Microsoft has started to roll out a fresh update for Windows 10 that will preload the divisive PC Health Check app onto your device via the latest Windows Update (KB5005463), mentioning that the update won’t be pushed out to people already using the new operating system.
This app is used to quickly inform users if their device meets the requirements to upgrade to the new Windows 11 OS, but given the strict system requirements needed to run it, many laptops and desktops are ineligible, despite some of them running seriously beefy components.
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It’s optional…for now
OnMST reports that the app will automatically update itself, rather than make you keep it up to date manually, which is a small blessing – but for users who are fully aware their system isn’t eligible to run the new OS (or had no plans to upgrade regardless), this could be seen as an unnecessary nuisance.
Thankfully though, this update is completely optional, so you can ignore it or prevent your system from downloading it if you’re signed up for automatic system updates. Having the PC Health Check tool on your system won’t do any harm, but it’s reasonable that some folks won’t want any unnecessary programs on their devices.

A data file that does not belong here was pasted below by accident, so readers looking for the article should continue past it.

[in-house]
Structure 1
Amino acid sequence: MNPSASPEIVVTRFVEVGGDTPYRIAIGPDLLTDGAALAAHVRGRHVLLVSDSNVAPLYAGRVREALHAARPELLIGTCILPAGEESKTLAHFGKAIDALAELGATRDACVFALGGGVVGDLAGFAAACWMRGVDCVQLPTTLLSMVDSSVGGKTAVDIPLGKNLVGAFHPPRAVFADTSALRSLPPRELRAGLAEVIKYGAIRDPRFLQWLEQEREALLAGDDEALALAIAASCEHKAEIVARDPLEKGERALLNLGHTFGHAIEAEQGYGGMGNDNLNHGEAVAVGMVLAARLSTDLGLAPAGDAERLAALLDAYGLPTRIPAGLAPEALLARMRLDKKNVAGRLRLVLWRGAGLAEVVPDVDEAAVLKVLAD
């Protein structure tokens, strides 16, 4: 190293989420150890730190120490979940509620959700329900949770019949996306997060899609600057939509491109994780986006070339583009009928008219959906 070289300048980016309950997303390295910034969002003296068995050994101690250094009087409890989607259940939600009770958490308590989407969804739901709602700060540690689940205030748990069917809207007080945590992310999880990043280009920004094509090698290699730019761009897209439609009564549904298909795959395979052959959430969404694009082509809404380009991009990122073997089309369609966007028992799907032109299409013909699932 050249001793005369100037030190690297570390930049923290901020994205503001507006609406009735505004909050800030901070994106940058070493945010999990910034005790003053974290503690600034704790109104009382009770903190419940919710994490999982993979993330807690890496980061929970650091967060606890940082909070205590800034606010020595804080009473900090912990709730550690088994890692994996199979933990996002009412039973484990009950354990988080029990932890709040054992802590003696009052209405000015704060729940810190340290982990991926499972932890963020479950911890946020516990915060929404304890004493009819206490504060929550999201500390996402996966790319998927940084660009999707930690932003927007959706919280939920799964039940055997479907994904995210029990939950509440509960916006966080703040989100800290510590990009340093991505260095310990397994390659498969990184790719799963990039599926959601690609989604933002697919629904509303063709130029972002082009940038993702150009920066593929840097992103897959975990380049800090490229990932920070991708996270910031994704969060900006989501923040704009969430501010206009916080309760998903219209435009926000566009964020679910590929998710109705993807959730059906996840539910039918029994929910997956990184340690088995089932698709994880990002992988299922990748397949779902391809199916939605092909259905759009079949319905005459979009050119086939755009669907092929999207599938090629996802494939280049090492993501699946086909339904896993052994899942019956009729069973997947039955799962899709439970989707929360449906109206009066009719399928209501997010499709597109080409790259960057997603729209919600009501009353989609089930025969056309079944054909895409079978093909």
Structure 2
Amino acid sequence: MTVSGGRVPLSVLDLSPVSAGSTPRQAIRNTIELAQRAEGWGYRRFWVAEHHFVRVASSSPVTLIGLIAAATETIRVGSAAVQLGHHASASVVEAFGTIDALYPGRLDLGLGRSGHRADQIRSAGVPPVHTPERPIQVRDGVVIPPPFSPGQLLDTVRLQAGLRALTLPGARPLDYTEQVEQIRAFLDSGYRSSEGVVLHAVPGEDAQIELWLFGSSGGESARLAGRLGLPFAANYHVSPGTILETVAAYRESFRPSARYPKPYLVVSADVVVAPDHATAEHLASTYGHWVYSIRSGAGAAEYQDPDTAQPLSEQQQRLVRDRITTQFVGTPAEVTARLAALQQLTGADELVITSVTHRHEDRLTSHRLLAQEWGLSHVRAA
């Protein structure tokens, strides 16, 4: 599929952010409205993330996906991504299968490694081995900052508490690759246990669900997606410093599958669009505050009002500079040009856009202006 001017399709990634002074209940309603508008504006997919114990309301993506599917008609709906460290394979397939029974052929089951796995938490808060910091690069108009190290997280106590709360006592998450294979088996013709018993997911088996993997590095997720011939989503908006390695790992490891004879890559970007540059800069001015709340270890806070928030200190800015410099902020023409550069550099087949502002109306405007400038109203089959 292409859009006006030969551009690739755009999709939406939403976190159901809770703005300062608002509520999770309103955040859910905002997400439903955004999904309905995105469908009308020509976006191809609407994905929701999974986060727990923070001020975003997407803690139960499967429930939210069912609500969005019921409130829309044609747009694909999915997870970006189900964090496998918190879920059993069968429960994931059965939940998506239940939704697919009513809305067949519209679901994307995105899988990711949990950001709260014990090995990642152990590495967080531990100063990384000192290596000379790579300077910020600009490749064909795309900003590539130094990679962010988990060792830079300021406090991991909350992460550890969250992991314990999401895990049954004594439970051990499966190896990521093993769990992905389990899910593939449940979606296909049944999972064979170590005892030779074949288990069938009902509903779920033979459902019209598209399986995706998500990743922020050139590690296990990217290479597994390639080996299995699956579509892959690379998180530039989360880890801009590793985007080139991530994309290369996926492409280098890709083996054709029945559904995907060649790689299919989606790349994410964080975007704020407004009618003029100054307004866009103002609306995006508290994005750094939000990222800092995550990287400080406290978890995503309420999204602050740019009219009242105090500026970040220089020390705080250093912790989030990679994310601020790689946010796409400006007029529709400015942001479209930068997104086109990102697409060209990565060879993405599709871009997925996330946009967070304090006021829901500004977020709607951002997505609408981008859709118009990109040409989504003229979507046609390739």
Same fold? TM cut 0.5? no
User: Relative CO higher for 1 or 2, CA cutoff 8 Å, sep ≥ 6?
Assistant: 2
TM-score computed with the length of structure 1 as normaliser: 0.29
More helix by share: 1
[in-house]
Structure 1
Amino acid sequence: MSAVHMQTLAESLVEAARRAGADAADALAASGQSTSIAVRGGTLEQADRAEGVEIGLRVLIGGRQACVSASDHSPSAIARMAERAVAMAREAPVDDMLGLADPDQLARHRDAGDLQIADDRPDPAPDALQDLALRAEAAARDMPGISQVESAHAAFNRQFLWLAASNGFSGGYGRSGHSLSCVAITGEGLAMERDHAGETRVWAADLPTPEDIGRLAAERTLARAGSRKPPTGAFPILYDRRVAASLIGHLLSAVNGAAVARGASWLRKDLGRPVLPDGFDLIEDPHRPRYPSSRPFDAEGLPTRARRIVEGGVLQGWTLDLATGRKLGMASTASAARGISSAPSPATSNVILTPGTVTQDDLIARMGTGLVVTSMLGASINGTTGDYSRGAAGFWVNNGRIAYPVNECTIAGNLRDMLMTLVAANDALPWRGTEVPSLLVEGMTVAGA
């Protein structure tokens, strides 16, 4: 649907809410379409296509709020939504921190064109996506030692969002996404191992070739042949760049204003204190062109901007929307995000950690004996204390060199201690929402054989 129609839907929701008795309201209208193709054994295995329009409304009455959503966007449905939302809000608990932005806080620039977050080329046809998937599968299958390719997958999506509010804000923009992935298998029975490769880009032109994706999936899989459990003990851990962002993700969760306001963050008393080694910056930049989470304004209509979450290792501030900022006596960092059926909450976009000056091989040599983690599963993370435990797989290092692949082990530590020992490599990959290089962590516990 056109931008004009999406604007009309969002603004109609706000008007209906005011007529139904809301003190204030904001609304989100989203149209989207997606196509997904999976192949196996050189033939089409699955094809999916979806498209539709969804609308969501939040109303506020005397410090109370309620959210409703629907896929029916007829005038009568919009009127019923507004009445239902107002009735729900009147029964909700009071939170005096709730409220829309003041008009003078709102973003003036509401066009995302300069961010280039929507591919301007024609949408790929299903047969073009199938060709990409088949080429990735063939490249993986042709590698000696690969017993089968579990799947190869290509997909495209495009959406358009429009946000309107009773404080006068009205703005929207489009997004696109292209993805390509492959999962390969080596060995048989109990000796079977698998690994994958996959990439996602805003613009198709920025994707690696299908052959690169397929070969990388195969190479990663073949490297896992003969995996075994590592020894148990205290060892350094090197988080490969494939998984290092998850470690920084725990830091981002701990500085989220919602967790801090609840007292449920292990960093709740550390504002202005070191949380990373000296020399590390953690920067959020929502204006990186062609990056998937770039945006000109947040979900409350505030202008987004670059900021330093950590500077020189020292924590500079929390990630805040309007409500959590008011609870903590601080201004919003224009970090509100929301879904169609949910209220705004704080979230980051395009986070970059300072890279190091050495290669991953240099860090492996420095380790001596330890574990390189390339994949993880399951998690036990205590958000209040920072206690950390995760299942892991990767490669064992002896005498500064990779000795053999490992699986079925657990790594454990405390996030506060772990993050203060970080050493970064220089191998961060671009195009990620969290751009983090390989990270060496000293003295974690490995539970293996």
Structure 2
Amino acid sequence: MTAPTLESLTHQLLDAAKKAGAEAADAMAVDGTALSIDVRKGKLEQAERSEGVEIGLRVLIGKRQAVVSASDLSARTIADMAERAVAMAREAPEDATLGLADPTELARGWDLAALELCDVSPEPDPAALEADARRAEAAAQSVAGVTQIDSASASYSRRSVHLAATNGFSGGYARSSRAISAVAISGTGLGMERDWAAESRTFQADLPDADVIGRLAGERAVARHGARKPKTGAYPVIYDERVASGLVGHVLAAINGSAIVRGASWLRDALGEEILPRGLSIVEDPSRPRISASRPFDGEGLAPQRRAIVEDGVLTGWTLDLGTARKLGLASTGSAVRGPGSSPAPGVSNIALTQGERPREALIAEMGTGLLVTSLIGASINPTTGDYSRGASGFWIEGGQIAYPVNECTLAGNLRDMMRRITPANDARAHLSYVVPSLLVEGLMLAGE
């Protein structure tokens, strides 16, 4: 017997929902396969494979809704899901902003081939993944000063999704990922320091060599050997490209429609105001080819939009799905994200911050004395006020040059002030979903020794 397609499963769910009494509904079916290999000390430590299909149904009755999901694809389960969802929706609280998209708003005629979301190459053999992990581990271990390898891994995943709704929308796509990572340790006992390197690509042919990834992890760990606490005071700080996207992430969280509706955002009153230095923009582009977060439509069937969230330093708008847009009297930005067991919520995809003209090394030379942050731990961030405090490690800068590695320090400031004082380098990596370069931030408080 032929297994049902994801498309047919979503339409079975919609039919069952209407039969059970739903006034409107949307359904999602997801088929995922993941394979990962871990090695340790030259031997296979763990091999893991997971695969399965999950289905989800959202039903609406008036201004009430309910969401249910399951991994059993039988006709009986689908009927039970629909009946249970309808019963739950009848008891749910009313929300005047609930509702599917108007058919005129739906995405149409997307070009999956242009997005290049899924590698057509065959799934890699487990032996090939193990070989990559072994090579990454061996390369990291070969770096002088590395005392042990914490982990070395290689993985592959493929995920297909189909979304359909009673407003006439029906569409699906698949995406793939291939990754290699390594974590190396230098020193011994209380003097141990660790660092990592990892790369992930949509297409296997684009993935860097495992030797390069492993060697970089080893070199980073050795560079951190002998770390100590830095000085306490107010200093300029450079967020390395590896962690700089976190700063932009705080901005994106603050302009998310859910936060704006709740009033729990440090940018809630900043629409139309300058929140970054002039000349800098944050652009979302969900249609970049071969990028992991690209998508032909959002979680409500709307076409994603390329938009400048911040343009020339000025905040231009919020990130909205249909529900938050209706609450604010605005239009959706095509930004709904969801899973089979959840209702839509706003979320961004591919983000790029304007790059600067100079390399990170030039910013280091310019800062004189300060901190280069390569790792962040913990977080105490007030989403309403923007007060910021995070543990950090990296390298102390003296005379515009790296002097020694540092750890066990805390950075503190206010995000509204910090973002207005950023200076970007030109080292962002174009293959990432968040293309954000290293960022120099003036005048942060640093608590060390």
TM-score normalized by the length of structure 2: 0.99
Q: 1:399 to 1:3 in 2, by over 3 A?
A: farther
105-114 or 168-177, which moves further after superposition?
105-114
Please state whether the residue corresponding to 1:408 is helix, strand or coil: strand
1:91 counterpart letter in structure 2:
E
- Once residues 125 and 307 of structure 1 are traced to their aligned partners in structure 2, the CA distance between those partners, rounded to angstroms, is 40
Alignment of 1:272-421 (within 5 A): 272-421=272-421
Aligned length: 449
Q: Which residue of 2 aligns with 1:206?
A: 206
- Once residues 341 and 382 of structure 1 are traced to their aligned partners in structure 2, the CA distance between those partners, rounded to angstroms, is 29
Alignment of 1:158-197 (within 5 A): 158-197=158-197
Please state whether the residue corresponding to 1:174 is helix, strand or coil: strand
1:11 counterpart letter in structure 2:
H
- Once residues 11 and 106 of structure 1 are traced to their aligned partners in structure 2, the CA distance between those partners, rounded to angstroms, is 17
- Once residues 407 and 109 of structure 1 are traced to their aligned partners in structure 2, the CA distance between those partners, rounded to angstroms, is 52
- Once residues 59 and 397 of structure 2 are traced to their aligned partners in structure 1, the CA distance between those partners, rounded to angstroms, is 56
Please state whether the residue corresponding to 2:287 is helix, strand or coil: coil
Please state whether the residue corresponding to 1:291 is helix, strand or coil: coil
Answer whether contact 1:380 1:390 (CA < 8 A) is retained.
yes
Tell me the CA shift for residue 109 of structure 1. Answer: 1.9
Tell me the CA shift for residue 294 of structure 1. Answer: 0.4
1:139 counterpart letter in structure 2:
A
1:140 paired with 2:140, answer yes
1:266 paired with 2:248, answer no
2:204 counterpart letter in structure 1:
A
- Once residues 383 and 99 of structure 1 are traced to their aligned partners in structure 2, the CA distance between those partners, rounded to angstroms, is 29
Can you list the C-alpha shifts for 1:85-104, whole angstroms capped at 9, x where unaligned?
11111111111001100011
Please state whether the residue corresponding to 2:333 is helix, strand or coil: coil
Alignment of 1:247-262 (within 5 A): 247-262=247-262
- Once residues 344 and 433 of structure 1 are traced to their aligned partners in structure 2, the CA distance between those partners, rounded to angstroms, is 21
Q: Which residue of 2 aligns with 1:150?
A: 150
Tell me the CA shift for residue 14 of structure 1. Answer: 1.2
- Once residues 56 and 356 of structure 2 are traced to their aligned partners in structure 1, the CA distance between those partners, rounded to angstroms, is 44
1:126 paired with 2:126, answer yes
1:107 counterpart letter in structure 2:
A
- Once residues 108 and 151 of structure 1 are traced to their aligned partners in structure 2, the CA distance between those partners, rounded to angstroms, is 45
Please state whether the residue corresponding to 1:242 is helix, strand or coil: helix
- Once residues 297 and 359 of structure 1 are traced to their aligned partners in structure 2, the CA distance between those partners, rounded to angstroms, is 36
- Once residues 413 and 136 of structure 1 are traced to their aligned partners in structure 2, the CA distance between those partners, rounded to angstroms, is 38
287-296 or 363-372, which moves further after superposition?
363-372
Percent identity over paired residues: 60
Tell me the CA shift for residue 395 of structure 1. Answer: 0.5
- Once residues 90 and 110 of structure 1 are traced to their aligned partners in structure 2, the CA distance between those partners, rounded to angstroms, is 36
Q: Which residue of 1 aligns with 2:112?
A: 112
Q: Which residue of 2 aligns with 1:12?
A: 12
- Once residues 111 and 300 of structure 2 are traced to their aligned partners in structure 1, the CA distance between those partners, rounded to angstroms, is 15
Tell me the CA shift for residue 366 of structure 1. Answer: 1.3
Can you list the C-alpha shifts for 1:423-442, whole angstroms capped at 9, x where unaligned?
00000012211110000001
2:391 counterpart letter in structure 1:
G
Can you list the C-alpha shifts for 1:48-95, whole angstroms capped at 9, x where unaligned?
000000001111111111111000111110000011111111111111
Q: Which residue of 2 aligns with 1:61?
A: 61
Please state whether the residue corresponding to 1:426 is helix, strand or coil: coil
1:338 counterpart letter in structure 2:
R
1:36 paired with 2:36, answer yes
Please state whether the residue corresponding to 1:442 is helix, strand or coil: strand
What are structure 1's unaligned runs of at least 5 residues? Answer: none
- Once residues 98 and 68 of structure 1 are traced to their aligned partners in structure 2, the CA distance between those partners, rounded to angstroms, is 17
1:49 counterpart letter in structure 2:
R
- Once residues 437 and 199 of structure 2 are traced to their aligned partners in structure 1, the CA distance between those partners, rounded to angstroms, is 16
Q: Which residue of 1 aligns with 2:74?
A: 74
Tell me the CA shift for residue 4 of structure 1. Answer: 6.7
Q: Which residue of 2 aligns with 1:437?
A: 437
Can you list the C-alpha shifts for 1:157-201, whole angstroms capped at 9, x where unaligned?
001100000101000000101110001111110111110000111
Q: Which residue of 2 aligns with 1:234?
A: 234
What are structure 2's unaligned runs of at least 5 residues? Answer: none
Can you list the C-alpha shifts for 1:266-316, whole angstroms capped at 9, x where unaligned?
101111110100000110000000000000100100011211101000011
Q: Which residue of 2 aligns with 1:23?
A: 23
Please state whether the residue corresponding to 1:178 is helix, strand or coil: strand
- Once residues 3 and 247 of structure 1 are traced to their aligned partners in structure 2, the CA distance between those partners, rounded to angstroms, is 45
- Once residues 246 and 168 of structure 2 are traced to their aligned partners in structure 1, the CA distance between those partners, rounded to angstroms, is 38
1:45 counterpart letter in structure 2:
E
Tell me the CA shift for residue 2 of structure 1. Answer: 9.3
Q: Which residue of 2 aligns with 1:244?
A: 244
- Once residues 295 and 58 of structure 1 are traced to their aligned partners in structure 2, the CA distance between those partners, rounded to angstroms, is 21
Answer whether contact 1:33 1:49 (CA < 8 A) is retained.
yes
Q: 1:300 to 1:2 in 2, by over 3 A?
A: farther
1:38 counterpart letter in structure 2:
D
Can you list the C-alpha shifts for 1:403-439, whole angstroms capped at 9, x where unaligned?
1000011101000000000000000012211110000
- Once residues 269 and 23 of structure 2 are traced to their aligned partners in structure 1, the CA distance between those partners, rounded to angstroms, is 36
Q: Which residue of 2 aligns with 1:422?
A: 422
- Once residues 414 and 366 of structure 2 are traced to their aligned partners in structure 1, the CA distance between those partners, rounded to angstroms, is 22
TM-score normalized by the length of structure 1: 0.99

“This update installs the PC Health Check application onto Windows 10, version 2004 and later devices. However, we will not install PC Health Check on Windows 11 devices. PC Health Check includes diagnostics to monitor device health and troubleshooting to improve performance, all from the convenience of a single dashboard,” the company explained on the support page.
Analysis: a disguised nuisance
Despite Microsoft’s statement, we anticipate that prompts to upgrade will start to get intrusive over the coming months or years. After all, if the PC Health Check tool was only being pushed to “monitor device health and troubleshooting to improve performance” then surely Windows 11 would also see some benefit from having it?
There are good reasons why people are in no rush to upgrade to Windows 11, with cases of computers using AMD Ryzen processors seeing a drop in gaming performance, and perfectly usable devices without a TPM 2.0 (Trusted Platform Module) component installed unable to meet the strict system requirements put in place by Microsoft to boost security.
Irrespective of whether avoiding upgrading is willful or due to incompatible hardware, there shouldn’t be any need to rush to upgrade to Windows 11, as Windows 10 will be supported until 2025. That said, Microsoft is known for being pushy when it comes to people using its products (as anyone who doesn’t use the Edge browser can attest), so a tool that was designed to check Windows 11 compatibility being rolled out across current Windows 10 devices isn’t filling us with confidence.
Optional or not, we anticipate that Microsoft will adopt firmer tactics to make Windows 10 users upgrade over the next few years before support for the older OS is dropped, and for good reason. It’s in the company’s best interests to move its customers over to this new, more secure operating system even if a small minority of that user base is stubborn.
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